The 64-year wait to witness Cymru at the World Cup finally came to an end on Monday evening.
The fans went through a range of emotions in 1-1 draw against the United States at the Ahmad Bin Ali Stadium but it was captain Gareth Bale who earned his side a point from the penalty spot to mark another moment in Welsh football history.
For months the build-up centred around the emotion of the achievement, remembering the heroes of 1958 and the generations of talented players who failed to make it to the world stage during their own illustrious careers. The stare from captain Gareth Bale as he stood in the tunnel was more intense than usual. For all that he has achieved for club and country, this was the pinnacle. This simply meant more.
A impassioned rendition of Hen Wlad Fy Nhadau set the tone for the occasion but it was the United States that dominated the early exchanges. The impressive and influential Christian Pulisic was allowed too much space, and having been the main cause of concern for Rob Page he turned provider for Timothy Weah to open the scoring. Cymru struggled to force any meaningful pressure, and the emotion of the occasion quickly turned to frustration as the United States maintained control of the game.
Reaching Qatar was the final chapter in a long story for Cymru. The history behind the rise and the individuals who made it possible is well-documented and has almost been played on repeat in the build-up to the finals. For Page and his squad, landing in Doha last week meant it was time to pass the emotion of the occasion over to the Red Wall and focus on the football, but armband controversy on the morning of the match threatened to further sour what has already become a bitter-tasting tournament for many.
But Cymru are not tourists on the big stage. Page and his squad qualified for the World Cup on merit and arrived confident of making an impression and qualifying from a difficult and competitive group. England had exposed the frailties of Iran earlier in the afternoon, and Cymru will know that they will be considered favourites when they meet them on Friday. Tactically, Cymru lined-up against the United States in a familiar formation and with a system that has been successful, but technically they looked a shadow of the team that competed so well to make it trough the qualifying campaign.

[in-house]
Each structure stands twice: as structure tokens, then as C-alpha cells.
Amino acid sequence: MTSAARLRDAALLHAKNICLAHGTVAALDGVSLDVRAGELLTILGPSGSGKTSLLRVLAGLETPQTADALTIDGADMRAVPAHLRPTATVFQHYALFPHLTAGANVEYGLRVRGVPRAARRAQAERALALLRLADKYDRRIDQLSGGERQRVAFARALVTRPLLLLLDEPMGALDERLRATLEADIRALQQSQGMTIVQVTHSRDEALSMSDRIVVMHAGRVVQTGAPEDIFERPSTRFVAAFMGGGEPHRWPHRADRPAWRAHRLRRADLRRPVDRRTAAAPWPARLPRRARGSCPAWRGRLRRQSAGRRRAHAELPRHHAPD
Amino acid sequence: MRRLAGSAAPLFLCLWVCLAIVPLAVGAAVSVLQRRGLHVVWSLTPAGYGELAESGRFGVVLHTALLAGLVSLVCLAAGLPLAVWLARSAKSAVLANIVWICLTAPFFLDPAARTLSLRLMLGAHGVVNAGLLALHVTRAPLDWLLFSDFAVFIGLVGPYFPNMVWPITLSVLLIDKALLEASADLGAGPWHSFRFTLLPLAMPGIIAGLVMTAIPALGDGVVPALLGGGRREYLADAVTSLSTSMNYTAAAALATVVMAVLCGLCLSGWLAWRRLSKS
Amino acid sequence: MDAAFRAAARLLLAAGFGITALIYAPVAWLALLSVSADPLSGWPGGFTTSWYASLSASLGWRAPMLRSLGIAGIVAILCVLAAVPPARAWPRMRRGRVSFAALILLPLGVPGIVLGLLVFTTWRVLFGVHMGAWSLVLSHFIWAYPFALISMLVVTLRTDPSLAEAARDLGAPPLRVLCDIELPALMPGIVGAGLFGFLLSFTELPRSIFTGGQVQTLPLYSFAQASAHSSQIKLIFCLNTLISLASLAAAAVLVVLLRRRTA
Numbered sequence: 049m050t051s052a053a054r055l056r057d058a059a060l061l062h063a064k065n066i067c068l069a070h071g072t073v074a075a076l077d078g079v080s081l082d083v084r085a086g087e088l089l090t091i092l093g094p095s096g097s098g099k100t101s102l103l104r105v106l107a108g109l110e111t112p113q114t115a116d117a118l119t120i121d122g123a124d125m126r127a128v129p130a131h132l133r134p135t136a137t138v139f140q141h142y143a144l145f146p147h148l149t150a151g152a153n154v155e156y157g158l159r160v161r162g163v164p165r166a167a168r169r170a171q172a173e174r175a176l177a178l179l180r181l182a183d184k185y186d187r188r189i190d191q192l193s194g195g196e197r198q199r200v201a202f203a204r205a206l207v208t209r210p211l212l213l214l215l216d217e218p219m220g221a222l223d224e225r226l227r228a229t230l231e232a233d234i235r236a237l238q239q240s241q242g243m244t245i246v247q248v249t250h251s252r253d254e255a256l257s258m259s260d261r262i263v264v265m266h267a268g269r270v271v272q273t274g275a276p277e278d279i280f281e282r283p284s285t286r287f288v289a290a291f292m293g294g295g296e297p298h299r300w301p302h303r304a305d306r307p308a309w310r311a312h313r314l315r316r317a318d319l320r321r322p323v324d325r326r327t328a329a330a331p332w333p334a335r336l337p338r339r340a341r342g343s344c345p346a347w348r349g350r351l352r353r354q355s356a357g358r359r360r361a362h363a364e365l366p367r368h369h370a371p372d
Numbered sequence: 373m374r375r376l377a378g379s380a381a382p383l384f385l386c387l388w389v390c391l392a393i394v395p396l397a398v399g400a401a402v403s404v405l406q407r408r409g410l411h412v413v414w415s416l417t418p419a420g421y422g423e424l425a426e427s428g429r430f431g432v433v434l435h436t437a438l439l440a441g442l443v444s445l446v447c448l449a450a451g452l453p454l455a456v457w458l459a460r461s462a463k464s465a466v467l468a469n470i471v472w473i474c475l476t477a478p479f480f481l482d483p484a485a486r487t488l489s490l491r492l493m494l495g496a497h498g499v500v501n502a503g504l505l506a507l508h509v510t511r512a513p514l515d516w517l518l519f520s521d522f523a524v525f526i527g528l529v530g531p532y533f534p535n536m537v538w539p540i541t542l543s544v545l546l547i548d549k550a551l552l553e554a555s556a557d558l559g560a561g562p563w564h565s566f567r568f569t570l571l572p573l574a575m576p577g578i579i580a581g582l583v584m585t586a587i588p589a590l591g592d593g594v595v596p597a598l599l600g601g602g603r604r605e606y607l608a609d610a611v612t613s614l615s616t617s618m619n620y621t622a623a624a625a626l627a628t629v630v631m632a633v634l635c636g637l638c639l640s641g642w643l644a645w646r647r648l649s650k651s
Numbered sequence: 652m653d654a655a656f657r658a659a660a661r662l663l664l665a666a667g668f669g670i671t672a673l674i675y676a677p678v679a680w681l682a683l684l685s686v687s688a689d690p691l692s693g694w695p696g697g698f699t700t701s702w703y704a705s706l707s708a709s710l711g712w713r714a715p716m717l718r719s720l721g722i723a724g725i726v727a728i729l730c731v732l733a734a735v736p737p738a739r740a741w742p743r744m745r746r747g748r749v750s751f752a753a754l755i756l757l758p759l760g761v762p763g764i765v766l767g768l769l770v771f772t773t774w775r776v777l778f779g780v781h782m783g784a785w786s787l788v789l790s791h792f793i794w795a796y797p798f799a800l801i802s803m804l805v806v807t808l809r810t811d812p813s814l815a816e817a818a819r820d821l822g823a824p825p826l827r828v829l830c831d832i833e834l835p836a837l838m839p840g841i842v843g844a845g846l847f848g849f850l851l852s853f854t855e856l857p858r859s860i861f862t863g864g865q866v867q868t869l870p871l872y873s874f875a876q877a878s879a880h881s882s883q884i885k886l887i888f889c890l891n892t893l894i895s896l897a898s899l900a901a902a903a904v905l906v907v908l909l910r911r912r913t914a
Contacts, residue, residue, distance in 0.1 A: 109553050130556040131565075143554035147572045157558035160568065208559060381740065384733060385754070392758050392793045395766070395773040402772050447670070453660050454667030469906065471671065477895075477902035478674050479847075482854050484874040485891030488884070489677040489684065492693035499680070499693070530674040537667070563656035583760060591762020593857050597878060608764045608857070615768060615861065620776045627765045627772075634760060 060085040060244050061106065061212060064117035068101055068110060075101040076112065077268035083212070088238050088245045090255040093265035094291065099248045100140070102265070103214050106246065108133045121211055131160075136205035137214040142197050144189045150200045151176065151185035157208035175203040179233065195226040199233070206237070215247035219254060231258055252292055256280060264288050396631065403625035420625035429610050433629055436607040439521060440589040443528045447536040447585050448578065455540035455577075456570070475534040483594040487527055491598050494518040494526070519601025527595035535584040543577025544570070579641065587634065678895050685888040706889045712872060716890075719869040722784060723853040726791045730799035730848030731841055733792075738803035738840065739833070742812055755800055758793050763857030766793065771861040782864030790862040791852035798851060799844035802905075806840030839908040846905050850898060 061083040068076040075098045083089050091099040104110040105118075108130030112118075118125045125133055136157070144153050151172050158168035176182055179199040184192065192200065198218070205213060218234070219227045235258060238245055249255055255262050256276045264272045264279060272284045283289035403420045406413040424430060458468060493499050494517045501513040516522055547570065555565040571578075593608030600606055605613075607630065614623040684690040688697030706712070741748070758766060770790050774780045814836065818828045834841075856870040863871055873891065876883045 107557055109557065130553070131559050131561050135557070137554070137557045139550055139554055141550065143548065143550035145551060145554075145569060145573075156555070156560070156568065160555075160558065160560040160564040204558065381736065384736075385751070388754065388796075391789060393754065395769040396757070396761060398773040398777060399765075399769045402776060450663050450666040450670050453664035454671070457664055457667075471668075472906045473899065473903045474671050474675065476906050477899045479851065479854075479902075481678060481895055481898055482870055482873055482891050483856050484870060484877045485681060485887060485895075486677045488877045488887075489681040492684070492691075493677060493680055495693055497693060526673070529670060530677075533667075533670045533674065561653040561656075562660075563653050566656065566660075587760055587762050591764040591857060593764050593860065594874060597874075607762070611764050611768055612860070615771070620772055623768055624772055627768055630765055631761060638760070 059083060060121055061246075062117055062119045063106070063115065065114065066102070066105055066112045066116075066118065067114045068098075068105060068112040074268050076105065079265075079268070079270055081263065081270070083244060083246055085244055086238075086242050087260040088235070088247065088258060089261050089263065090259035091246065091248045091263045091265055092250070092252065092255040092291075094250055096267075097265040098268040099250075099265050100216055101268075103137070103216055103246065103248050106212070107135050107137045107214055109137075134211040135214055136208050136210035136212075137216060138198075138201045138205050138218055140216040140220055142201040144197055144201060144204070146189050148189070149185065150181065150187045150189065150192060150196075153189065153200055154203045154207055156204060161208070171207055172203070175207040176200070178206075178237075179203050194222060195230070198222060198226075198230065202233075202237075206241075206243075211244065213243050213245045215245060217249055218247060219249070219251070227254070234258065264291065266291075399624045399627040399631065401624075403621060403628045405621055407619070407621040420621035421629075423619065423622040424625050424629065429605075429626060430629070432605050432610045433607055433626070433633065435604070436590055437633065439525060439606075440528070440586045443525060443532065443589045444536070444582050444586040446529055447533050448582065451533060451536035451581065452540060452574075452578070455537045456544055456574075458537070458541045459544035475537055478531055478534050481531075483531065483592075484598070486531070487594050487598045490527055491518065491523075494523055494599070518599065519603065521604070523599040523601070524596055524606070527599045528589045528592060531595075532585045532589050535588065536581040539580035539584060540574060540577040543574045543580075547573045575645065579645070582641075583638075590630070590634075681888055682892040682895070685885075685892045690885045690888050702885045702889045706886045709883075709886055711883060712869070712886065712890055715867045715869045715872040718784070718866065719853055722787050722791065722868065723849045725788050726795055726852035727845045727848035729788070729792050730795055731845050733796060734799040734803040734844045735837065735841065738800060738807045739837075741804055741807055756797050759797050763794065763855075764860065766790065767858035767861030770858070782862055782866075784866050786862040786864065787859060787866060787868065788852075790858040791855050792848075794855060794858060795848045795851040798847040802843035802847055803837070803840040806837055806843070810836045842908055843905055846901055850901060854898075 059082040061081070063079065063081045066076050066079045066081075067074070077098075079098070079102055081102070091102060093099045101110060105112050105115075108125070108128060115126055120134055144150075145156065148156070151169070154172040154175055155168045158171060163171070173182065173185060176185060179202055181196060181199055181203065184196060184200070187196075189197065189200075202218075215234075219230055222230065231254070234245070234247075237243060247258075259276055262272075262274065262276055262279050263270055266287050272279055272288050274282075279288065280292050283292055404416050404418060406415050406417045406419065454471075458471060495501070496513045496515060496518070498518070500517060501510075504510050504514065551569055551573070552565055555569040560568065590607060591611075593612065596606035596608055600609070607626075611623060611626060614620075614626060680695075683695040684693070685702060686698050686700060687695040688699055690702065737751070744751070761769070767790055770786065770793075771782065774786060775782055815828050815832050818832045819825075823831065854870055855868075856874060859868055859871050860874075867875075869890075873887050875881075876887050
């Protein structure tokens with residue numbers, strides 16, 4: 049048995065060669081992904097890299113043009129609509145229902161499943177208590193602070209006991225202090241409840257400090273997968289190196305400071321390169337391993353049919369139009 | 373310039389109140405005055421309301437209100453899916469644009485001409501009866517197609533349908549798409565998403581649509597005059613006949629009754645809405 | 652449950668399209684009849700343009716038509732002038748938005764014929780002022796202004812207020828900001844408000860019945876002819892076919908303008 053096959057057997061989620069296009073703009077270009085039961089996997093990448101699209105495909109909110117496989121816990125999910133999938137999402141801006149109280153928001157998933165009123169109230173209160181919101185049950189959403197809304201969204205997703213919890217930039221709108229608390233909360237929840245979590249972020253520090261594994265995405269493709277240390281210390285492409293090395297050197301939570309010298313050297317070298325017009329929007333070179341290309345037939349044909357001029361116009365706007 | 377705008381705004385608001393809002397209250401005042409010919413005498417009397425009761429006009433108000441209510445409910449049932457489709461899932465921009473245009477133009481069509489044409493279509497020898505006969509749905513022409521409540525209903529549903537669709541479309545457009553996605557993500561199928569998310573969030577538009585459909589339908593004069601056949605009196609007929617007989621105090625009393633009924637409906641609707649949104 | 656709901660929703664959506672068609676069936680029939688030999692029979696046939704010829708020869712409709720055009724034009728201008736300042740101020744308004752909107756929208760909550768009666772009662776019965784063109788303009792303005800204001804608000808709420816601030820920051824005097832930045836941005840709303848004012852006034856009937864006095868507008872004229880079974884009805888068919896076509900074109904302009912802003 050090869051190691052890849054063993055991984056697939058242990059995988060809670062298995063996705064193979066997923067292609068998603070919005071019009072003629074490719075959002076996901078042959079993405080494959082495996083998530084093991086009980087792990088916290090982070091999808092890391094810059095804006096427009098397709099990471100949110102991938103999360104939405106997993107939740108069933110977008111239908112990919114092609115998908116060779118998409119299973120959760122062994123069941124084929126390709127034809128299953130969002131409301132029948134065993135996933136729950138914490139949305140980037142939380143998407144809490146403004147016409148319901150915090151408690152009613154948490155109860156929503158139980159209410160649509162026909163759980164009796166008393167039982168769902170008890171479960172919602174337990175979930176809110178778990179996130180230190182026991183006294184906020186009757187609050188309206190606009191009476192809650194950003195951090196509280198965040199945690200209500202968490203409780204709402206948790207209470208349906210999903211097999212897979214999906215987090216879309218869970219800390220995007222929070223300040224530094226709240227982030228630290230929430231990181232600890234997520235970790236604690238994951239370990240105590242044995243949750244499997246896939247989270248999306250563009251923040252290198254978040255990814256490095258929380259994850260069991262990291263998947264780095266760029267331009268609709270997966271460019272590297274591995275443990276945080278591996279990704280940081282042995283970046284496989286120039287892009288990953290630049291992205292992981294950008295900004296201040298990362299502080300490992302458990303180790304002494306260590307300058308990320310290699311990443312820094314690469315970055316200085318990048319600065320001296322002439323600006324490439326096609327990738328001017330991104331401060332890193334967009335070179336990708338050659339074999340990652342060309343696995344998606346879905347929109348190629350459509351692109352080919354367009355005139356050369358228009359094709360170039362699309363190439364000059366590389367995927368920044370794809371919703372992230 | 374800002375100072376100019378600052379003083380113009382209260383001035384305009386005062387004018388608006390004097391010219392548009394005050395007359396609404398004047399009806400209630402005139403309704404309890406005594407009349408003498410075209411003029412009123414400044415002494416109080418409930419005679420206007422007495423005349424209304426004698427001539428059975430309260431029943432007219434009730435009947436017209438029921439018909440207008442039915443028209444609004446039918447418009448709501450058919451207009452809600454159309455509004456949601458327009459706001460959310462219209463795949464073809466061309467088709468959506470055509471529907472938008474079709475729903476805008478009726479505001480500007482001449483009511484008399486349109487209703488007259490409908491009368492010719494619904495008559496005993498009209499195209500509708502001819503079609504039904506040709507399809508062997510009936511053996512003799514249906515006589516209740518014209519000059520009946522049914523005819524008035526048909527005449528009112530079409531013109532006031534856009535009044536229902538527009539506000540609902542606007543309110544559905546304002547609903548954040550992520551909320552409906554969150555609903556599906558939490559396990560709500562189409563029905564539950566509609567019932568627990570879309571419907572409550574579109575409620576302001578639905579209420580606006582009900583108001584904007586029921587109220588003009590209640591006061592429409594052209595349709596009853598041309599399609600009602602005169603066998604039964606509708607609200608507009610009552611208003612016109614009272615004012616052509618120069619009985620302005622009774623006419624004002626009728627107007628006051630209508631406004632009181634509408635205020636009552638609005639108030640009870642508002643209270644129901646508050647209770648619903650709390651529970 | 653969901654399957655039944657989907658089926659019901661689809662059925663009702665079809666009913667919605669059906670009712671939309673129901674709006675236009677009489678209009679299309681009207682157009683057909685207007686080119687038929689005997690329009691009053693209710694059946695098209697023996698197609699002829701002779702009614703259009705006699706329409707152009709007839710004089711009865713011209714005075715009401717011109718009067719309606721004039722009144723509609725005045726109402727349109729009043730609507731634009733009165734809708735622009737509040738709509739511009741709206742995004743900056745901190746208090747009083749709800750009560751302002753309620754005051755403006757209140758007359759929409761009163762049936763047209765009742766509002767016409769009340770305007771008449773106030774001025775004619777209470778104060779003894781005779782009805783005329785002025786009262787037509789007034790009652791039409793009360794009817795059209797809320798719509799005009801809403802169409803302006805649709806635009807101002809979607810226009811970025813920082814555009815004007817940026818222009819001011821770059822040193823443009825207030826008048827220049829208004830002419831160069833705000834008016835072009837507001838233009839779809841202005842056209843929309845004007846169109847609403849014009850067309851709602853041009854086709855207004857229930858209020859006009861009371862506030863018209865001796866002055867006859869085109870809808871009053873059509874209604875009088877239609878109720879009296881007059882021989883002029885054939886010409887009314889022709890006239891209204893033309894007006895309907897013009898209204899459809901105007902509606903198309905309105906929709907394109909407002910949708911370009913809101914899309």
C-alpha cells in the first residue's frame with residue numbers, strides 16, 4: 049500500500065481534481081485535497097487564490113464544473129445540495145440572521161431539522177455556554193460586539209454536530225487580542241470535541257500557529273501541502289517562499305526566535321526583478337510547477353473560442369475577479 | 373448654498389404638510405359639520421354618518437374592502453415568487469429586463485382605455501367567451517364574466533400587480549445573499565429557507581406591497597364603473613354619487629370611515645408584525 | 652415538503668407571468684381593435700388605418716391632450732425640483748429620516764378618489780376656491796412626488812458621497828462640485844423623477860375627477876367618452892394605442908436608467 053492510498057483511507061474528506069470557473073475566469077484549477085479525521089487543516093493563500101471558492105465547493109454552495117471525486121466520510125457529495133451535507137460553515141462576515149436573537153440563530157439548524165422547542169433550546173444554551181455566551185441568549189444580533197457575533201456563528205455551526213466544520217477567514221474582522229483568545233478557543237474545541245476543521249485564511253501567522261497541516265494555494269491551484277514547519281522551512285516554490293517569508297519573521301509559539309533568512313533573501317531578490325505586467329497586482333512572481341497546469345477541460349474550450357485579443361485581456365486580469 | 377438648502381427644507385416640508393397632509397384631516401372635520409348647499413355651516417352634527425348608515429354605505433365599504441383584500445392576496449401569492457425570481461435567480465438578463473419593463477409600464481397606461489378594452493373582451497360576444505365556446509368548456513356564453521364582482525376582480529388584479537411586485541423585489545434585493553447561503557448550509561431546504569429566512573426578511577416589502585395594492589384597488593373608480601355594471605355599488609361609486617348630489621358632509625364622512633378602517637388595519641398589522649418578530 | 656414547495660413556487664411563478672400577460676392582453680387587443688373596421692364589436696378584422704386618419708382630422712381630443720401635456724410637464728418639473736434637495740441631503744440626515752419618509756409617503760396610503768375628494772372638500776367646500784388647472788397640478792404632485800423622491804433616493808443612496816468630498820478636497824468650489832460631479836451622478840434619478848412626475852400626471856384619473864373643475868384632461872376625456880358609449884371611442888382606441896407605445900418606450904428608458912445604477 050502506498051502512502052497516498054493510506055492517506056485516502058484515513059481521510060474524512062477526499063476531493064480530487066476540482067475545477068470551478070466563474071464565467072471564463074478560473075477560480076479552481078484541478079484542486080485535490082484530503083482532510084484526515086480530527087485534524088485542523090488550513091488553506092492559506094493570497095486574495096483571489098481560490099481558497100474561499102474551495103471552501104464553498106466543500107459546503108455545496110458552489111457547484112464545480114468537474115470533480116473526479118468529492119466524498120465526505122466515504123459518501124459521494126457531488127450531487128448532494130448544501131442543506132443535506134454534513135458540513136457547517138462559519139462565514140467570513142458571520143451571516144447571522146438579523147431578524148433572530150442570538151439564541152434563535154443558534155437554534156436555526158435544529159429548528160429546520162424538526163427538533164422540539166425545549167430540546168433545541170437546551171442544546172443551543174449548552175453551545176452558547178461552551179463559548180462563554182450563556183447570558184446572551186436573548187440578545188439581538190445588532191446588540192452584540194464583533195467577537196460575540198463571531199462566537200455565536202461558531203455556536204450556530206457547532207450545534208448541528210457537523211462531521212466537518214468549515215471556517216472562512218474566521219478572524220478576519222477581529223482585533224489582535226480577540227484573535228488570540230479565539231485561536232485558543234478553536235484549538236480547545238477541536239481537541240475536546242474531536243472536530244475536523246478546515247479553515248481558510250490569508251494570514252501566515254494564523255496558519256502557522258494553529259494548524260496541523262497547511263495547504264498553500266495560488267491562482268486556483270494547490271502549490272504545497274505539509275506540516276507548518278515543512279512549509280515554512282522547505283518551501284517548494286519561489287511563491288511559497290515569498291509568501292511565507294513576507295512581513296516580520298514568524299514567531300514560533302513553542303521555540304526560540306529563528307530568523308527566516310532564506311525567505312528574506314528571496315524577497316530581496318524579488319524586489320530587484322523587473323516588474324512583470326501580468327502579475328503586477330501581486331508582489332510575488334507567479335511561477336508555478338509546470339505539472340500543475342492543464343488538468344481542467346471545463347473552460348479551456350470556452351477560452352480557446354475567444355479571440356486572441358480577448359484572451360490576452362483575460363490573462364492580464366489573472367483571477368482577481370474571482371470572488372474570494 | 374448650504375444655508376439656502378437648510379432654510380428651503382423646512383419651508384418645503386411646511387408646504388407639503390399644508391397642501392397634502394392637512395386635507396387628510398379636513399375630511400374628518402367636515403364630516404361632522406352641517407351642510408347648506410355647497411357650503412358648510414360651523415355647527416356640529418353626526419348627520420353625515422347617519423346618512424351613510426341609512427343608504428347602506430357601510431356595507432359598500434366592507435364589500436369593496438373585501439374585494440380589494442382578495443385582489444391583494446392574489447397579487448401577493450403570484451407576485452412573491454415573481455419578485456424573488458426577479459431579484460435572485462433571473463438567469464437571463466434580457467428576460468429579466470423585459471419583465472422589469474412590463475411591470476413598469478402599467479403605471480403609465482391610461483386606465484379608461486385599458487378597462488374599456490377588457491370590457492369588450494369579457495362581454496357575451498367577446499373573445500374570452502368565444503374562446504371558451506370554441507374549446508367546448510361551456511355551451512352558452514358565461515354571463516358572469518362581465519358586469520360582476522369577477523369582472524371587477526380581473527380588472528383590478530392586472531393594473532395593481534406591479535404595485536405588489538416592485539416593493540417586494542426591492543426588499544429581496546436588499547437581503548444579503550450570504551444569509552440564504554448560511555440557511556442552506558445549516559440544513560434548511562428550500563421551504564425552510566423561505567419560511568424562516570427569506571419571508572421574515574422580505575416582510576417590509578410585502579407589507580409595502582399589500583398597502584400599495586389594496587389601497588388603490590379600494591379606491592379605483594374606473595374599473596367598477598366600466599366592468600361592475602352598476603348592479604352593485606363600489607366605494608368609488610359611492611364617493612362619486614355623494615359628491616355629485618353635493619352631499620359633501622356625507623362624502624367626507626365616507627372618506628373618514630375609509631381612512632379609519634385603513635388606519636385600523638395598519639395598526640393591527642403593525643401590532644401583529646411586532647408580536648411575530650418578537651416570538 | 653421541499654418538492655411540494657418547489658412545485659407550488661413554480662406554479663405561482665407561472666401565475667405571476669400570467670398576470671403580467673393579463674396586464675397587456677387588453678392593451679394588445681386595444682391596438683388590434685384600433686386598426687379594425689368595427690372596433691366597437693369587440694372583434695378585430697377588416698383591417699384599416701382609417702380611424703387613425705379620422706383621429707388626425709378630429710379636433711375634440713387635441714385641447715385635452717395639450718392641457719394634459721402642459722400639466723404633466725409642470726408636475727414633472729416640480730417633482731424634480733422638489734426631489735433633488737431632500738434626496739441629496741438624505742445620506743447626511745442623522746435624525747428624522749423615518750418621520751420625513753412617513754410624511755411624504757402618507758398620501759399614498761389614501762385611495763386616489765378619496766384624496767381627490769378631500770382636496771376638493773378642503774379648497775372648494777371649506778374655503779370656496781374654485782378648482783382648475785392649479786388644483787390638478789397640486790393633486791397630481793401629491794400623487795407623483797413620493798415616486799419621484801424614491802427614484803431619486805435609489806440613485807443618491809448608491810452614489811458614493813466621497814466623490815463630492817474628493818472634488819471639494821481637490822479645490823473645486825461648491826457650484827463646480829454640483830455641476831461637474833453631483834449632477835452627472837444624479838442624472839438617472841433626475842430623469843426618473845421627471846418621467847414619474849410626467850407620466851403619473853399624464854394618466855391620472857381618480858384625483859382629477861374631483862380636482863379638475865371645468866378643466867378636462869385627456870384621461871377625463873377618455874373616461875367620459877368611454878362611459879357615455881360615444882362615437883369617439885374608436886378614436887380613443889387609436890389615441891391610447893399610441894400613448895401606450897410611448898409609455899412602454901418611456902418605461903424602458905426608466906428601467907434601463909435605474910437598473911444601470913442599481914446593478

The half-time introduction of Kieffer Moore for Dan James offered Cymru an additional physical presence and a different option in attack, and the change visibly lifted a team that were under no illusions that a big decision was needed to reverse what had been a difficult opening half. With the scoreline very much in the balance, Page’s bold move showed how much he has grown into the role over the course of the last two years. Cymru had no answer against Denmark at the last EURO finals, but this team, and this manager, have learned lessons from the past.
Ben Davies and Moore both came close to equalising with two headers midway through the second half. A goal would have been deserved. Attacking a wall of red shirts and bucket hats, this was what the occasion was supposed to feel like. This was what we had waited so long for. Penalty. Gareth Bale steps and converts from the spot with ten minutes remaining. The momentum, adrenaline and noise made the opening half a distant memory. Cymru were now going for the win, but eventually settled for a deserved draw.
“We showed character and determination to come back and get a point out of the game,” explained manager Rob Page to ITV Sport at the final whistle. “It’s important at the start of a tournament that you don’t lose, so credit to the lads for the shift they put in to get that point. The medical team have quite a bit of work to do and a big job to get us all ready for Friday. To see the Red Wall there and all the supporters enjoying it, it’s incredible.”
Bale highlighted in his own post-match interview that it was Page’s half-time talk that made a significant contribution to the turnaround in performance between the two halves. Iran will pose a different type of challenge on Friday morning, and their manager Carlos Queiroz will demand more from his players after they limped through a six goal defeat to England. Cymru must now assess their aches and bruises and maintain the confidence and belief that earned what could prove to be a crucial point.
The tournament that we have all waited for is finally underway and Cymru are undefeated after the opening game. The national anthem has been played on hundreds of millions of small and large screens across the world, and the Red Wall have celebrated a Gareth Bale goal on the biggest stage of all. This is the World Cup and Cymru have everything to play for. Enjoy the ride, there’s much more to come.
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